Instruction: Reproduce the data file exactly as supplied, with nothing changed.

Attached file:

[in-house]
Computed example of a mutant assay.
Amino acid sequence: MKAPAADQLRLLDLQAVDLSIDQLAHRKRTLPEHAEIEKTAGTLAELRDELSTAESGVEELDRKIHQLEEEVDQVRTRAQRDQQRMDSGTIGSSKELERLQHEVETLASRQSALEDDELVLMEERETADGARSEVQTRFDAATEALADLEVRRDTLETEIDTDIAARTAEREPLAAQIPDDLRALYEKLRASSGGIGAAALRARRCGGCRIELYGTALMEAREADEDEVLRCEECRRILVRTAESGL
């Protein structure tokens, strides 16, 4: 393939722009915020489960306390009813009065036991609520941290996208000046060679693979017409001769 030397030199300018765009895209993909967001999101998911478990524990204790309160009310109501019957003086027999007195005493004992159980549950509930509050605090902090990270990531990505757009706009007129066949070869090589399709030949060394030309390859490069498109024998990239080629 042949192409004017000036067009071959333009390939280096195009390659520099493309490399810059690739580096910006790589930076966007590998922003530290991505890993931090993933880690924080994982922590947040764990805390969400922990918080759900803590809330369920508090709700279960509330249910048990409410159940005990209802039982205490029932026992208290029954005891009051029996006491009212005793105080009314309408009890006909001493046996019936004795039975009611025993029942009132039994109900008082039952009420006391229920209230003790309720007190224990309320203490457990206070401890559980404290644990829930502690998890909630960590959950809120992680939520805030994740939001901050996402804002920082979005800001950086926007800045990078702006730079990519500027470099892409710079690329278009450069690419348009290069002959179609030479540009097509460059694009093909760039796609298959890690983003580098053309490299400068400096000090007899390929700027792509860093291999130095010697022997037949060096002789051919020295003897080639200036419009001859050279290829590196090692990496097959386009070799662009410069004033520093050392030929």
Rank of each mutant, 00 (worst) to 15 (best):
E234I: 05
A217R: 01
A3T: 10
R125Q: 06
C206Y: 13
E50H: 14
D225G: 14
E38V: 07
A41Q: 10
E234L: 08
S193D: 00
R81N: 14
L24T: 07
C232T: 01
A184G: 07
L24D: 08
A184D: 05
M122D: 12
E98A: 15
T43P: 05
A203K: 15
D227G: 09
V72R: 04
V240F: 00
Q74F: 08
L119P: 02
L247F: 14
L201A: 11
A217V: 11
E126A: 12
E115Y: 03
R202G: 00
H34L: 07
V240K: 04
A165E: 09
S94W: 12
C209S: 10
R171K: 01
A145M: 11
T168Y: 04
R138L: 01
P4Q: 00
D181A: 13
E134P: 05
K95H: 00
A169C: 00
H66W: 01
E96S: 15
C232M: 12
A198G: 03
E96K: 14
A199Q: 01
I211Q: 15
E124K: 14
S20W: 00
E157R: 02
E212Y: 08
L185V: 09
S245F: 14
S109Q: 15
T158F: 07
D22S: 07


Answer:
[in-house]
Computed example of a mutant assay.
Amino acid sequence: MKAPAADQLRLLDLQAVDLSIDQLAHRKRTLPEHAEIEKTAGTLAELRDELSTAESGVEELDRKIHQLEEEVDQVRTRAQRDQQRMDSGTIGSSKELERLQHEVETLASRQSALEDDELVLMEERETADGARSEVQTRFDAATEALADLEVRRDTLETEIDTDIAARTAEREPLAAQIPDDLRALYEKLRASSGGIGAAALRARRCGGCRIELYGTALMEAREADEDEVLRCEECRRILVRTAESGL
């Protein structure tokens, strides 16, 4: 393939722009915020489960306390009813009065036991609520941290996208000046060679693979017409001769 030397030199300018765009895209993909967001999101998911478990524990204790309160009310109501019957003086027999007195005493004992159980549950509930509050605090902090990270990531990505757009706009007129066949070869090589399709030949060394030309390859490069498109024998990239080629 042949192409004017000036067009071959333009390939280096195009390659520099493309490399810059690739580096910006790589930076966007590998922003530290991505890993931090993933880690924080994982922590947040764990805390969400922990918080759900803590809330369920508090709700279960509330249910048990409410159940005990209802039982205490029932026992208290029954005891009051029996006491009212005793105080009314309408009890006909001493046996019936004795039975009611025993029942009132039994109900008082039952009420006391229920209230003790309720007190224990309320203490457990206070401890559980404290644990829930502690998890909630960590959950809120992680939520805030994740939001901050996402804002920082979005800001950086926007800045990078702006730079990519500027470099892409710079690329278009450069690419348009290069002959179609030479540009097509460059694009093909760039796609298959890690983003580098053309490299400068400096000090007899390929700027792509860093291999130095010697022997037949060096002789051919020295003897080639200036419009001859050279290829590196090692990496097959386009070799662009410069004033520093050392030929």
Rank of each mutant, 00 (worst) to 15 (best):
E234I: 05
A217R: 01
A3T: 10
R125Q: 06
C206Y: 13
E50H: 14
D225G: 14
E38V: 07
A41Q: 10
E234L: 08
S193D: 00
R81N: 14
L24T: 07
C232T: 01
A184G: 07
L24D: 08
A184D: 05
M122D: 12
E98A: 15
T43P: 05
A203K: 15
D227G: 09
V72R: 04
V240F: 00
Q74F: 08
L119P: 02
L247F: 14
L201A: 11
A217V: 11
E126A: 12
E115Y: 03
R202G: 00
H34L: 07
V240K: 04
A165E: 09
S94W: 12
C209S: 10
R171K: 01
A145M: 11
T168Y: 04
R138L: 01
P4Q: 00
D181A: 13
E134P: 05
K95H: 00
A169C: 00
H66W: 01
E96S: 15
C232M: 12
A198G: 03
E96K: 14
A199Q: 01
I211Q: 15
E124K: 14
S20W: 00
E157R: 02
E212Y: 08
L185V: 09
S245F: 14
S109Q: 15
T158F: 07
D22S: 07